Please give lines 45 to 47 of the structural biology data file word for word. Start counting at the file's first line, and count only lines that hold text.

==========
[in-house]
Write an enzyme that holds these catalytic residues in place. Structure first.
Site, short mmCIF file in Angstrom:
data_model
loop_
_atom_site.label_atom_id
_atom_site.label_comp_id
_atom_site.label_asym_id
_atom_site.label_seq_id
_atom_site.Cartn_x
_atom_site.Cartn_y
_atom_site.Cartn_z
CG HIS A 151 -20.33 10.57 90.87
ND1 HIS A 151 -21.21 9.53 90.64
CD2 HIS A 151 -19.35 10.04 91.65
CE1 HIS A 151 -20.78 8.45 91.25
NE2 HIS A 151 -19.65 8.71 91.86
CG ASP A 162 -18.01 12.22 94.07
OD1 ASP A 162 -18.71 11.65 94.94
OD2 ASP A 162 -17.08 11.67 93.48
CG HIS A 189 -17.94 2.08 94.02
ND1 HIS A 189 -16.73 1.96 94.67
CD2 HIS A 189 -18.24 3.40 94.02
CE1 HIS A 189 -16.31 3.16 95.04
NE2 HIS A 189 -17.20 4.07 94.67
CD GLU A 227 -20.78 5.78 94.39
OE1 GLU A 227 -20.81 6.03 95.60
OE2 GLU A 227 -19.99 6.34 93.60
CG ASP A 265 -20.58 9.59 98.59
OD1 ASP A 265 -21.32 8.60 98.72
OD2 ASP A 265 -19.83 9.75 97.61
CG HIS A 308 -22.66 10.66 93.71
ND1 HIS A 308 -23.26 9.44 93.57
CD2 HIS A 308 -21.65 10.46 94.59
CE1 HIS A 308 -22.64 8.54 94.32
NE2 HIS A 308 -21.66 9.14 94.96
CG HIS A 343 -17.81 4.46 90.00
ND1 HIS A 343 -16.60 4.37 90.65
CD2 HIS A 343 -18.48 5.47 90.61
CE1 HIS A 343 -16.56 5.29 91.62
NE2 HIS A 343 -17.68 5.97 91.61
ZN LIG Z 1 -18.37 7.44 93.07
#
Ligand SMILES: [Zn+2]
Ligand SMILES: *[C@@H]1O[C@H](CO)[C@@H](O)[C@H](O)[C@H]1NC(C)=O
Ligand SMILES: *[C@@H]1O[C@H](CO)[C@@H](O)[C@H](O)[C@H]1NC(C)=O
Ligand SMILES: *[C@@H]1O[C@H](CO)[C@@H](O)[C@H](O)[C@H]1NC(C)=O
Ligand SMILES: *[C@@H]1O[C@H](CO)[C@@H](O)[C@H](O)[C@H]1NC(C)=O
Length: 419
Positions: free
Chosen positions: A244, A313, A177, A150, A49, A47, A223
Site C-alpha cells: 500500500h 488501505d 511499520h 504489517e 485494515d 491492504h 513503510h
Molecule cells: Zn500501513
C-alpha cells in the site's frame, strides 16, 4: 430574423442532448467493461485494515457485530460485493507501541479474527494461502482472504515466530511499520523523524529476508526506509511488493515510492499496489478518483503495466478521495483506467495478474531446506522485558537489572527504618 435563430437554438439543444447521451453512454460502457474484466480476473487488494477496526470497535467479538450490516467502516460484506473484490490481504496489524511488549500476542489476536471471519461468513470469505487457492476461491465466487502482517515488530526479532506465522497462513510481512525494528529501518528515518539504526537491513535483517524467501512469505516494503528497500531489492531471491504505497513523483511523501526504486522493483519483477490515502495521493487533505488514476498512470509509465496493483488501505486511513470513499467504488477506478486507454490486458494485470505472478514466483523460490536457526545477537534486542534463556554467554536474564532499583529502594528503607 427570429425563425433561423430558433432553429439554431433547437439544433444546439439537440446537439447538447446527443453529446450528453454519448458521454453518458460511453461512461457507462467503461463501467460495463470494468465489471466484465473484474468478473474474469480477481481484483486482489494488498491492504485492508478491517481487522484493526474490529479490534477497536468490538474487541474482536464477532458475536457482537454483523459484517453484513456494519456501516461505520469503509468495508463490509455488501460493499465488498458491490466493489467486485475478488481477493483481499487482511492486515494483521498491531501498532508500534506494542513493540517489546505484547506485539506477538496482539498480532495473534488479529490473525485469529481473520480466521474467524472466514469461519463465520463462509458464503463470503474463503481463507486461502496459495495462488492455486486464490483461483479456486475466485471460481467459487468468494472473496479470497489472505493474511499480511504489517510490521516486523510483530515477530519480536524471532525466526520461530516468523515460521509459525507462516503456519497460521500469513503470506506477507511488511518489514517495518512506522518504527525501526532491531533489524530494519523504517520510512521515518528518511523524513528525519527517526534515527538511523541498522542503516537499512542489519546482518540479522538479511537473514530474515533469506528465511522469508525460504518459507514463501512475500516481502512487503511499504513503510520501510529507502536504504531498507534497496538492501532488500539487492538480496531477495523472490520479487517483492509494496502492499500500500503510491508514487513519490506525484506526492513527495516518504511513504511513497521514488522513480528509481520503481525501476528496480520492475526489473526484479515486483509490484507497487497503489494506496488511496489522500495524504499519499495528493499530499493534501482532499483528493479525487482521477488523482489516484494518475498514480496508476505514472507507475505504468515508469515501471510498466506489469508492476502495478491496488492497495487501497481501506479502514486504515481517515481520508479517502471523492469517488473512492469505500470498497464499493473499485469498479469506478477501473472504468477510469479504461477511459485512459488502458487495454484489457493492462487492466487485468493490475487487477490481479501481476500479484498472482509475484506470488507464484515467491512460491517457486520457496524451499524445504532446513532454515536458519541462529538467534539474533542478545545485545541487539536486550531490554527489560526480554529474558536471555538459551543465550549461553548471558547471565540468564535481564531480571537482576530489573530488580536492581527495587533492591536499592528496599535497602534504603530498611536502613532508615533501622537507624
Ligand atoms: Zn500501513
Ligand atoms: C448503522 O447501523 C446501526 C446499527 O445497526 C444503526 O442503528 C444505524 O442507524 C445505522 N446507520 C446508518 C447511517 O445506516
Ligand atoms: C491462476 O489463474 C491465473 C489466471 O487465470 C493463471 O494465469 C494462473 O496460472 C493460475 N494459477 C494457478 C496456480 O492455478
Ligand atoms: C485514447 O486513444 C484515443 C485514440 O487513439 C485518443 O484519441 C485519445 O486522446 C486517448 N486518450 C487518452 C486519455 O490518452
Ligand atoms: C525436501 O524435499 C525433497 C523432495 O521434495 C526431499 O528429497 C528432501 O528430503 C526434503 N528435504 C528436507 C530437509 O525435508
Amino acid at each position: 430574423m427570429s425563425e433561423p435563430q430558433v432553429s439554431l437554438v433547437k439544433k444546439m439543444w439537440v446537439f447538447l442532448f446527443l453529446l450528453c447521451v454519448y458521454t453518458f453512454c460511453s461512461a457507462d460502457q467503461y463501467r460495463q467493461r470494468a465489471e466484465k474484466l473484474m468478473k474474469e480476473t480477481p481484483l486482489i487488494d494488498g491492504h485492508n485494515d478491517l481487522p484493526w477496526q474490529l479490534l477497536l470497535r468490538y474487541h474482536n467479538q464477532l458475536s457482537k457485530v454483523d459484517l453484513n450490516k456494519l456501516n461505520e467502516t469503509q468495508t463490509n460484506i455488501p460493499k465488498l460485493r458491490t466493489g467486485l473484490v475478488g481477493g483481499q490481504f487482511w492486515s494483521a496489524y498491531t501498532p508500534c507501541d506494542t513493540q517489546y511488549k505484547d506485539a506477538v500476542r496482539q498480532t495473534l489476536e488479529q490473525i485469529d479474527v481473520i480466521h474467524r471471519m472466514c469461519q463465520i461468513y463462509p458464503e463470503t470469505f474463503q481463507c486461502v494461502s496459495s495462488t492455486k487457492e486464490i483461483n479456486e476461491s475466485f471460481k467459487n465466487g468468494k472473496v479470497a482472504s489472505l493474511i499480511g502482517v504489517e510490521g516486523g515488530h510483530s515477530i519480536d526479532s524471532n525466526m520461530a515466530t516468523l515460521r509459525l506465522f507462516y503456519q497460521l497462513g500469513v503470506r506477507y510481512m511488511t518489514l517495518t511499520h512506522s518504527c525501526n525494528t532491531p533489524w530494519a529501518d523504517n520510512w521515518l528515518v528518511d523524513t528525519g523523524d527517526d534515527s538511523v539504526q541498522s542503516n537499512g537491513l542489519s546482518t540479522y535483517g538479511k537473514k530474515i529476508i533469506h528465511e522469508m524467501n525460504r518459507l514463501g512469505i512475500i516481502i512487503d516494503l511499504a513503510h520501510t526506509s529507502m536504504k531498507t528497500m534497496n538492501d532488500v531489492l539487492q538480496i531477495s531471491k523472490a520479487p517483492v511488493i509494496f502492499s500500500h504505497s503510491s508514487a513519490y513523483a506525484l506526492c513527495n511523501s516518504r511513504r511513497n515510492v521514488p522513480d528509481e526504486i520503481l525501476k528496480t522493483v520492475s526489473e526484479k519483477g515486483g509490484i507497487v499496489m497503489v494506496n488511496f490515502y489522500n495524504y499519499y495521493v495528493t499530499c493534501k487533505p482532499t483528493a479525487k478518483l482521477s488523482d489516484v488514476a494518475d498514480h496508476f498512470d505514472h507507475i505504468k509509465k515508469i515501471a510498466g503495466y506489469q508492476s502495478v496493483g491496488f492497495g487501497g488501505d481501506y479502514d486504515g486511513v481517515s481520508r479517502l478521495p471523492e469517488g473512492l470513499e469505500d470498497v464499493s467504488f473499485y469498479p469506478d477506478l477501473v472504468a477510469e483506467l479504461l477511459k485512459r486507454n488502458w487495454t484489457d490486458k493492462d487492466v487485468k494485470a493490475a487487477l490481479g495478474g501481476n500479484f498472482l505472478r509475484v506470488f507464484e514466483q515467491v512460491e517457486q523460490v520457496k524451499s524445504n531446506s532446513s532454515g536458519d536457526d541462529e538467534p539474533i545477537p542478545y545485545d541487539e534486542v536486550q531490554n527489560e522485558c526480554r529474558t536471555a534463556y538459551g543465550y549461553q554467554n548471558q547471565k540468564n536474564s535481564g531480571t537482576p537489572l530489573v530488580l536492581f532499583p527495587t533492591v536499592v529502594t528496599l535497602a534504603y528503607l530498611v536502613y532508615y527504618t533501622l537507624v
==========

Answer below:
Ligand SMILES: *[C@@H]1O[C@H](CO)[C@@H](O)[C@H](O)[C@H]1NC(C)=O
Ligand SMILES: *[C@@H]1O[C@H](CO)[C@@H](O)[C@H](O)[C@H]1NC(C)=O
Ligand SMILES: *[C@@H]1O[C@H](CO)[C@@H](O)[C@H](O)[C@H]1NC(C)=O